I did manage to get out of the house yesterday for a short walk, just over to Freedom Park. Everything is blooming — daisy fleabane, clover, dandelions, etc. There was a wonderful wind from the northwest and spectacular clouds heralding the change in the weather, the sort of sky that makes we want to climb to the top of an especially tall hill, raise my arms, and howl at the sky. The low last night was 52F, which is today's forecast high, with a low of 27F. So, we shall have a taste of winter after all. Spooky made spicy Thai food for dinner. There was not much more to yesterday than that.
We also finished Christopher Priest's The Prestige (1995) last night. On the one hand, it is a fine novel. On the other hand...I find that I have recently acquired an odd reticence to actually criticize the work of other living writers. My reasons, as best I can discern, are twofold:
1) The author might be reading this journal. It's happened before.
2) I've been making my living, such as it is, as a writer since the mid nineties, and it has caused me to look more kindly on the perceived shortcomings of others.
Basically, I wish I could read the way I used to read. I did not dissect as I read. I simply became immersed in the story and let it sweep me happily along. Now I cannot help but dissect. I try not to, but I do anyway. I cannot help but see "flaws" and all the ways I think I could have done this better. I would suspect that all writers are like this, to one degree or another. Writers are the gods of their universes, and we are never at a loss to suggest how some other god might better run herhisits universe/s. At least, this is true of me. It is one reason I read so much less fiction than I did fifteen years ago. And, actually, stage magic is not a bad metaphor for this problem I now have as a reader. I am precisely like a magician watching another magician's act. I should be suckered in with the rest of the crowd. I passionately desire to have the wool pulled over my eyes. Only it very rarely happens, as I'm too busy figuring out how it's all being done and how I could improve upon it.
Which is to say, The Prestige is a fine novel. But I would have done it differently, and I think that means I would have done it better. I cannot help but think that. I also wonder how seeing the film first changed my perception of the novel. Personally, I think it's a book that could stand to lose the first twenty eight pages and the final eleven — the whole present-day frame. It is neither needed, nor are those characters sufficiently well-developed to compete with the meat of the book, the story of the feud between magicians Angier and Borden. If the frame is to be part of the story, at least another one hundred pages is needed to truly make those characters real to the reader. And if the frame goes, I'd also cut Part Three, Kate Angier's diary. Pare this down to the story of magicians Angier and Borden, as the film wisely does, and you do not have a fine novel, you might have a great novel. Or that's the way it seems to me. As it stands, Andrew Westley and Kate Angier and the late 20th Century are only a distraction and the source of a number of problems with the internal logic of the novel. I would also suggest that the story might have been relayed more effectively had "Alfred" Borden and Rupert Angier's journals been broken up and presented in alternating sections. I adore epistolary storytelling, and I usually point to Stoker's Dracula as a stellar example of how this is done well. Alternate between characters.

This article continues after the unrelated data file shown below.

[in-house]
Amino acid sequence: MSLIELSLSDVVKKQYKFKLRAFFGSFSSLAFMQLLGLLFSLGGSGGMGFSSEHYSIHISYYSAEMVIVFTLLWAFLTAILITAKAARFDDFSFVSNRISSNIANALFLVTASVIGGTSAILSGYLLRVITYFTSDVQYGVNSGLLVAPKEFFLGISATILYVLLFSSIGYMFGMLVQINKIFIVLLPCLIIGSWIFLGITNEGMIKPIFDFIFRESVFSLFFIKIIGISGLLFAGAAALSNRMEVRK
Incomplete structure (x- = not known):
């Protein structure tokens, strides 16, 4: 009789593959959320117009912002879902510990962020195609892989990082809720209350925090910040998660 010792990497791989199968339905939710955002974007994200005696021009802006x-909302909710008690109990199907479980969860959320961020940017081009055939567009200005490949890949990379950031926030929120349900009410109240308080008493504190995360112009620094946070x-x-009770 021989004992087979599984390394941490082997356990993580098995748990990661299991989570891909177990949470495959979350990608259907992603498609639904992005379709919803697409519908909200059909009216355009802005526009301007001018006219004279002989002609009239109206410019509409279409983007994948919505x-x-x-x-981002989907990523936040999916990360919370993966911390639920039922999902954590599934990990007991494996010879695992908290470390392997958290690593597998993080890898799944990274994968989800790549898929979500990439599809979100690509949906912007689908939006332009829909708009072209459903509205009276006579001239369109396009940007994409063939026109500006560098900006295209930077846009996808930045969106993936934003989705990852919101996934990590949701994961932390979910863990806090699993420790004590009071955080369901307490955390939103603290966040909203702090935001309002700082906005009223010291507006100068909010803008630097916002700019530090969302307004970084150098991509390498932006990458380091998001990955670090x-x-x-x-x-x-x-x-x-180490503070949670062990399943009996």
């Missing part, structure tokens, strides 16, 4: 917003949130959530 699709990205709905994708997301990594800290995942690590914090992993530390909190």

Nonetheless, it is, as I have twice said, a fine novel. I am not seeking to damn it with faint praise. I just can't help but read it as a novelist. This is, from my perspective, unfortunate. I don't want to know how the trick works. I want to be amazed. I want to be convinced of the magic. But this is what I do. I spend my days gluing words together to try and fool other people. And I can't help but try to see how other writers, especially writers who have found more commercial success than have I, make it work. Sadly, I don't even find the mechanics & theory of fiction writing remotely interesting, which makes this doubly frustrating. It's just a reflex.
Now, it's time to write.